Behind the Iron Curtain there is also what an Irishman would call a “strong wakeness for the hard stuff in Poland, Hungary, Czechoslovakia and East Germany but Russia – no d’ce. No Uisge for the Russkie! The Russians have accepted Rabbie Burns. Let’s hope ere long they will accept his “John Barleycorn” – to the mutual benefit of Scotland and the U.S.S.R.

This article is most fascinating from the point of view of Tormore. because it places the development of the distillery very much in an important moment for the Scotch whisky industry. Contemporary distilleries Glen Keith and MacDuff (Glen Deveron) are not as architecturally attractive, although Glen Keith does have a certain charm, having been built into a former meal mill.

Perhaps where this news article resonated most was the parallel between 1960 whisky growth and the growth in the last 15 years. New markets, growing popularity, extensive development and founding of many more new distilleries in the earlier period will all sound familiar to contemporary readers.

There’s also the significant focus on laying down stock for the future. Certainly in 1960 there were concerns about sustainability of growth, but nobody could have foreseen the crash and whisky loch that occurred 20 years later. That crash resulted in the partial or permanent closure of many distilleries. Is it reasonably foreseeable that Scotch could have another crash in 15 to 20 years?

Below are some contemporary facts from the Scotch Whisky Association to compare with the detail in the 1960s report. Some caution, of course, that these figures are from 2020 and will be greatly influenced by the COVID pandemic. Updated figures for 2021 will be released later this month.

Now, on to the remaining 5 whiskies in the Tormore horizontal:

Thompson Bros. Tormore 1992 Vintage Aged 28 Years – Review

From a refill hogshead. 47.3% ABV. £175.

Colour: Pale straw.

On the nose: Fruity and funky, pineapple, vanilla, mango fool, well-oxidised spirit, fragrant, fruit salad candy, orange sherbet, dunnage.

In the mouth: Creamy texture, big bright juicy arrival, dropping away to more complex cooked fruit. Wood spices and lingering fruit give a lengthy finish.

Conclusions:

Really delicious whisky, and fresh given the age, only some more exotic fruit notes and a bit more funk required to be a higher score.

Score: 8/10

Whisky Sponge Tormore Aged 31 Years – Review

Bottled by Decadent Drinks (Whisky Sponge). 1990 to 2021. An assemblage of two first fill barrels. 53% ABV. £235.

Colour: Gold.

On the nose: American bourbon, sandalwood, slightly sharp, polished floors, plimsol, ginger, mace, cinnamon, white pepper vanilla, a waft of Oud.

In the mouth: Sweet arrival, with oaky exotic aromatic spices, a pinch of cayenne, then an appearance of fruit washing over and cleansing the oily palate before a fairly short and spicy finish.

Conclusions:

Totally unexpected, some whisky to me can be over-oaked from first fill barrels after 15 years, let alone double. But here the impact has been the development of simple wood spices into something quite exotic. Really a great outcome.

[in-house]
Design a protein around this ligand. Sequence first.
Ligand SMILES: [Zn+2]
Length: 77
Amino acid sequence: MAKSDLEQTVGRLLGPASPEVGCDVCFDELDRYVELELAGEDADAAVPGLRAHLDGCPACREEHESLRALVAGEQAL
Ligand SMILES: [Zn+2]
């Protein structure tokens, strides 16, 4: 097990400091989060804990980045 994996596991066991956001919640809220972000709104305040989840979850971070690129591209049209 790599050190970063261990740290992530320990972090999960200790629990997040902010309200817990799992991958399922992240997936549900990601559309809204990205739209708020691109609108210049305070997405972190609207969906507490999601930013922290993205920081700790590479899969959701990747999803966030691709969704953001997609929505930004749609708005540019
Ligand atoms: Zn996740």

Score: 8/10

Chapter 7 Tormore Aged 31 Years – Review

02/1990 to 04/2021. First fill bourbon barrel. 50.2% ABV. £250.

Colour: Gold.

On the nose: Oak, cedar, slightly fruity, spiced fruit streusel, Pastel de Nata, vanilla cream, then banana chips, more American Whiskey notes, Mellow Corn.

In the mouth: Apricot Danish pastry, jammed orchard fruits, oak led baking spices of vanilla, ginger, foam bananas and fennel seeds, a sprig of garden mint, well oxidised spirit and a fruity finish.

Conclusions:

Most likely the same parcel of whisky as the Sponge release, both bottles offer a great example of the power and versatility of the Tormore spirit, and pose interesting challenges to prreconceptions of what Scotch can be.

Score: 8/10

North Star Spirits Tormore Aged 27 Years – Review

December 1988 to October 2016. Bourbon hogshead, finished in madeira. 51.5% ABV. £140 (auction price including fees and postage circa 2019).

Colour: Auburn

On the nose: Sponge cake, slightly spirity, toffee sauce, white pepper on baked peach, almond essence, cask char, crème brulé, dusty vanilla and baking spices

In the mouth: Sweet and rich, dunnage, a little vegetal, fruit forward, sweet pastry, baklava, long lingering creamy and spicy finish.

Conclusion:

Perhaps not my preferred style of whisky, this is a little simple for its age. However, its simplicity does make it very drinkable, and a large mouthful is well rewarded. The Tormore character comes through robustly.

Score: 6/10

Gordon & MacPhail Tormore Aged 24 Years – Review

1995 to 2019. From a refill sherry puncheon. 56.2% ABV. £161.

Colour: Copper.

On the nose: Sharp and sour, full-bodied cigar, chocolate delice, Medjool dates, dusty old bookshop, very mature air-dried ham, fig chutney, hazelnut, sticky ginger loaf-cake, crystalised pineapple.

In the mouth: Warming spiced fruit punch, hot cocoa, fruit burst, a spicy backbone, more cooked orchard fruit, funky dunnage air, polished oak, dried ginger, almond brittle, drying oak tannins on the finish with more Middle Eastern warming spiced and well chewed cigar on the long finish.

Conclusions:

Gordon MacPhail’s approach is to fill their own casks with new make spirit, and what great casks they have! Often the second fill comes across as a first fill. The sherry is prominent here but the robust Tormore spirit shines through delightfully.

Score: 8/10

Lead photo courtesy of nicelocal.co.uk.

Macduff Distillery and Glen Keith Distillery stock images.

Industry figures from the Scotch Whisky Association, International Trade (scotch-whisky.org.uk)

CategoriesSingle Malt
Graham

Graham is at the consumer end of the whisky world; constantly seeking out a bargains and generally very cautious with his limited budget. An occasional visitor to distilleries and a member of the odd whisky club. He does not collect whiskies but has a few nice ones put away for some future special occasion. He enjoys discussions with the wider whisky community and may resemble the ‘average’ Malt reader.

  1. Eric says:

    Graham,

    A very interesting post.

    Can you cast some light into the shadows of my geopolitical ignorance – how is it that Latvia figures so prominently in the 2020 whisky export data? Eighth in volume and fifth in value by my count, edging out some larger countries. That came as a real surprise in looking over the graphics you presented.

  2. Graham says:

    Eric, thanks for commenting.

    It’s an excellent spot in the figures here. I had my spotted that anomaly in the figures before but I understand Latvia further exports to Russia so the figures here are suggestive or Russian consumption not just Latvia itself.

    All the best,

    Graham

Leave a Reply

Your email address will not be published.